Next, pay your bills on time. I know, it’s a recession. But, now more than ever, it’s important to stay on top of things. A recent missed payment is more likely to lower your score than an isolated late payment from way back. What this means is, forget how you did or didn’t pay your bills before and just start paying them on time now.   

Make AutoPay your friend. If you’re traveling a lot or are prone to forgetting, you can set up AutoPay for automatic payment of your credit card’s minimum balance (just be sure to always have enough money in the bank to cover it!). Scared of Autopay? Set a date every month that is “credit day” and stick to paying your bills on that date. The good news is that if you’re serious about debt reduction and you’re paying on-time using the tools on analyzing your credit in the links above, your credit score will improve. 

Other tips? 

Here’s a counterintuitive one: Use the credit cards you have as frequently as is prudent. A perverse result of the credit crisis is that if you don’t use your credit accounts, the banks may close them or lower the limit. And having your limits reduced can lower your score. The banks are looking for ways to reduce their risk, and an inactive account gives them a great excuse. But remember to use them responsibly; this is not license to go wild.
Also, it’s important to keep your overall balance low in relation to your available credit. If your credit limit is $10,000, keeping your balance below $2,500 (25%) will improve your score.  
Pay off your credit card debt rather than moving it to lower rate cards.  This is important because you want to avoid drastically changing the ratio of your overall balances to your overall available credit. Example: You owe a total of $2,000 on four credit cards, each with a $2,000 limit. Your total limit is $8,000, of which your balance ($2,000) is 25%. If you transfer all your balances to two cards and cancel the other two, your total credit limit is reduced to $4,000 and your $2,000 balance is now 50% of the limit. To the banks, this looks worse than where you started.

And what if you have a really questionable credit history?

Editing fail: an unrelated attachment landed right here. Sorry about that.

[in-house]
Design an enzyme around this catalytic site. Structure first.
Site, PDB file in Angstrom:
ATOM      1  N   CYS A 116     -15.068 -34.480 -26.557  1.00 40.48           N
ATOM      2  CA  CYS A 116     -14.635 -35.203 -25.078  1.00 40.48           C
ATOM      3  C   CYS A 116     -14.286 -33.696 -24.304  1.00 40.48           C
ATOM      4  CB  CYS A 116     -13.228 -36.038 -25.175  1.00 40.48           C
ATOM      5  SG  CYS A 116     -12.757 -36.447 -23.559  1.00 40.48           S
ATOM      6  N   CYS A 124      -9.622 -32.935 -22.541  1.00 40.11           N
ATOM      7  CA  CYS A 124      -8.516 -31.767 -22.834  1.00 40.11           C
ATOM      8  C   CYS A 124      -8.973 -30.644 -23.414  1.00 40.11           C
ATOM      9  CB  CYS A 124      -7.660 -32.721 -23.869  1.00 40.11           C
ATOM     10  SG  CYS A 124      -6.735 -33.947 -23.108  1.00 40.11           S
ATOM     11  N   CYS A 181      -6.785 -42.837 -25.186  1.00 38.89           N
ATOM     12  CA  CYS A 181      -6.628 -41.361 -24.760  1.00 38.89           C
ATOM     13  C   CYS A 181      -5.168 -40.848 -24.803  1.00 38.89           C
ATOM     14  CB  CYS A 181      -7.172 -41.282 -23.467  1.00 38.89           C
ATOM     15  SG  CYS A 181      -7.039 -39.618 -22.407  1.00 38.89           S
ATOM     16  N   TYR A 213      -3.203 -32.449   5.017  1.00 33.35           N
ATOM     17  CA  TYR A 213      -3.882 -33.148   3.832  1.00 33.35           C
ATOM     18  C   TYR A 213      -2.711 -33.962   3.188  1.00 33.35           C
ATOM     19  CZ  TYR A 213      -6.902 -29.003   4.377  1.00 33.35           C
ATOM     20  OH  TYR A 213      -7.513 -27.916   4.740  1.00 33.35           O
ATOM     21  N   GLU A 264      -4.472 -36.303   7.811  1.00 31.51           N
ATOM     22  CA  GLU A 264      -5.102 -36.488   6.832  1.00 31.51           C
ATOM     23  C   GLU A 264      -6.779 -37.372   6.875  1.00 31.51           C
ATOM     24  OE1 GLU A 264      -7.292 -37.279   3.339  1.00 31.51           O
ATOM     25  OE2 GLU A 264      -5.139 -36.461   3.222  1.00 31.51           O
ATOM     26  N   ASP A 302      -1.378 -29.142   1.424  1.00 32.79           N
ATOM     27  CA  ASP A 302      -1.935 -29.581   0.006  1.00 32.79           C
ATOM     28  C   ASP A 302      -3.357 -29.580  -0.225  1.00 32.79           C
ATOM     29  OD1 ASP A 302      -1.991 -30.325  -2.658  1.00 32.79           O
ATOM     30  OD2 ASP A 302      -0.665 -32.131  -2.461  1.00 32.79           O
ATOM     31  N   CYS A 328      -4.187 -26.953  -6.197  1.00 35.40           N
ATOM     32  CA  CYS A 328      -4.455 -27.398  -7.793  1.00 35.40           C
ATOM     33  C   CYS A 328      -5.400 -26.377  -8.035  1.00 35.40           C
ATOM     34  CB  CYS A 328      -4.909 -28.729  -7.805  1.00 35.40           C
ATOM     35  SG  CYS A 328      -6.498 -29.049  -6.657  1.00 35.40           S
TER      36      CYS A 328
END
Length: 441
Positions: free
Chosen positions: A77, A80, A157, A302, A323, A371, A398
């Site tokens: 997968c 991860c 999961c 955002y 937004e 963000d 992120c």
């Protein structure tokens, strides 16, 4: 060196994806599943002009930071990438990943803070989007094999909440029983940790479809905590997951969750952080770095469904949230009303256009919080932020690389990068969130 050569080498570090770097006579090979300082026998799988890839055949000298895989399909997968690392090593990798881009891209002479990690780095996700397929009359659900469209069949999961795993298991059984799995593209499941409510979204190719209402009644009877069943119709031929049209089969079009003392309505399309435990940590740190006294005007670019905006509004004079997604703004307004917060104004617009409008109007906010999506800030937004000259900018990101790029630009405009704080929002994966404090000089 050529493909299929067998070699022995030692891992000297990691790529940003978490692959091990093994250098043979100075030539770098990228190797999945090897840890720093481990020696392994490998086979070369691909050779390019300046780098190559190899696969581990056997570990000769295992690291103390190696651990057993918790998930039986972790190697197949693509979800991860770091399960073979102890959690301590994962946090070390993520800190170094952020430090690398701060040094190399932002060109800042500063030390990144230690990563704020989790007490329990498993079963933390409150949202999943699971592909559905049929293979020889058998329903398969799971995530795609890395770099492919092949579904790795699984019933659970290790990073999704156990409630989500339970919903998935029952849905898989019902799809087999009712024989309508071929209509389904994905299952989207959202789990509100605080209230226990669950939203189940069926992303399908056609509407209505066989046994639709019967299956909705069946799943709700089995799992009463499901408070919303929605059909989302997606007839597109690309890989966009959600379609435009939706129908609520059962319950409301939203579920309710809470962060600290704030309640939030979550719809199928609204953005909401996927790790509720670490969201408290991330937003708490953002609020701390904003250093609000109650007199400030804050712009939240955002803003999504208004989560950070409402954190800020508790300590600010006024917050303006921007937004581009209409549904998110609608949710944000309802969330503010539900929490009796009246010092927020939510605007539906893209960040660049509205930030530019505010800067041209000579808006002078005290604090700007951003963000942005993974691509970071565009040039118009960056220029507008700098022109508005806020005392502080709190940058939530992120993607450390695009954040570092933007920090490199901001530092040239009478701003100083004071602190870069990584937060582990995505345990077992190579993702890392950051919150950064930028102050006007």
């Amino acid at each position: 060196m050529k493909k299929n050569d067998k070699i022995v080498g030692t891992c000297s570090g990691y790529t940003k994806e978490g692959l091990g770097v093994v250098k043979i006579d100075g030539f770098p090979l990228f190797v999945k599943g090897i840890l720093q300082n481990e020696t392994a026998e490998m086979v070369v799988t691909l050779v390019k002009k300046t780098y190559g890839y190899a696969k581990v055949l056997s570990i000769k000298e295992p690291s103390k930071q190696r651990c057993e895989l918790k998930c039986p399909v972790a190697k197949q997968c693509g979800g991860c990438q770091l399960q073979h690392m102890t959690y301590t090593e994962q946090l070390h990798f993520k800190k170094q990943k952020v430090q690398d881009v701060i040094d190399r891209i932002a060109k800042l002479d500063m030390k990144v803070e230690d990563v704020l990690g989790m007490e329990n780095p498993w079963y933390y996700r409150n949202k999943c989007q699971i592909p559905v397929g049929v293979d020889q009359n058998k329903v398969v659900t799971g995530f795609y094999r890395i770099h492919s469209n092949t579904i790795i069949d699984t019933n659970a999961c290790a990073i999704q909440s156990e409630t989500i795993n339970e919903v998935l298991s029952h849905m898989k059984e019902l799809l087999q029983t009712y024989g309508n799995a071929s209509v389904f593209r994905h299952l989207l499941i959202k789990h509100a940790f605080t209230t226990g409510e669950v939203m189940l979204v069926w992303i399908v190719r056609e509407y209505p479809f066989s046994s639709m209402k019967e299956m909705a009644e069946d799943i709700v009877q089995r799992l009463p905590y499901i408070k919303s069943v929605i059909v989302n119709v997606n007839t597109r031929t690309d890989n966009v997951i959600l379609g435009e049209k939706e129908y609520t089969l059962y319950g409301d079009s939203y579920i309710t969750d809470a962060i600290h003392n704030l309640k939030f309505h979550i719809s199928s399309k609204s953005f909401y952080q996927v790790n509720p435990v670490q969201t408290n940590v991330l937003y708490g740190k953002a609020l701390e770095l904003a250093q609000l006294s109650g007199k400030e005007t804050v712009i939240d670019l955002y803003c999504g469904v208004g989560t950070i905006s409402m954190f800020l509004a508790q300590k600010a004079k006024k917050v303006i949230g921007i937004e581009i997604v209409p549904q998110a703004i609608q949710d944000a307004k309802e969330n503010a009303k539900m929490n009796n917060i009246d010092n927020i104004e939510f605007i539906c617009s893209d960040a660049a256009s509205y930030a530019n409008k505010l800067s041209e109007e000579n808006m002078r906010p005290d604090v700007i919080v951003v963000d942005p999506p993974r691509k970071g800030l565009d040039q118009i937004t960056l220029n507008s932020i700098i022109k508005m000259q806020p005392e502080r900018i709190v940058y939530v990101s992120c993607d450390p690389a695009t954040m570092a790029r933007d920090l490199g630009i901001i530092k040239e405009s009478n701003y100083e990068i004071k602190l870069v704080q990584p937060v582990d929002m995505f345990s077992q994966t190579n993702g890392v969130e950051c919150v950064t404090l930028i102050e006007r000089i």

Open a few new credit accounts, use them responsibly, and pay them off on time. Payment history is 35% of your credit score (new credit makes up 10%; types of credit in use, another 10%; length of credit history, 15%; and amounts owed, 30%), so if you’ve hurt your credit, establishing a good payment history is key to getting your credit score back together.  

However if you have a short credit history (you’ve never had credit or haven’t used much credit in the past), don’t open a lot of new accounts over a short time period. The banks will think you’re about to go on a spending binge, and new credit is 10% of your score. 

How long will it take to improve my credit score? 

Negative items affect your credit score much more quickly than positive items. Late payments will have a negative impact in just a few months, whereas paying bills on time may take 6 to 12 months to generate a significant improvement. But it’s important to remember that starting right now gets you closer. 

And remember, a great credit score makes other good things happen.  You can qualify for a mortgage, get better rates from the credit cards you do have, and a great score can help with apartment rental and job applications that often include credit checks. Plus, you’ll have the peace of mind of knowing that you conquered the credit demon. 

Finally, if this is all too daunting and your bills are mounting and you are having trouble making ends meet, contact your creditors or see a legitimate credit counselor. The key is not to shut down, or pretend a problem doesn’t exist. Remember that you are a resilient creative person, and can use your creative skills to build your way forward through the challenges. Learn from past mistakes—and change them. 

As artists we’re skilled at making a lot happen with little money. Let’s use that skill to shape our lives and our work. Let’s use the recession to determine what we want our future to be like—recognizing that with hard work this difficult economic moment will pass both for our country and for us. 

Esther Robinson has worked on behalf of America’s artists for more than 14 years in many capacities, including foundation program officer, television and film producer/director, technology entrepreneur, and arts activist.  She is the founder ofArtHome a nonprofit “change agent” that helps artists and their communities build assets and equity through financial literacy, credit access, and home ownership. Robinson is also a filmmaker. Her prize-winning film, A Walk into the Sea: Danny Williams and The Warhol Factory, is currently in worldwide release.

Amy Aronoff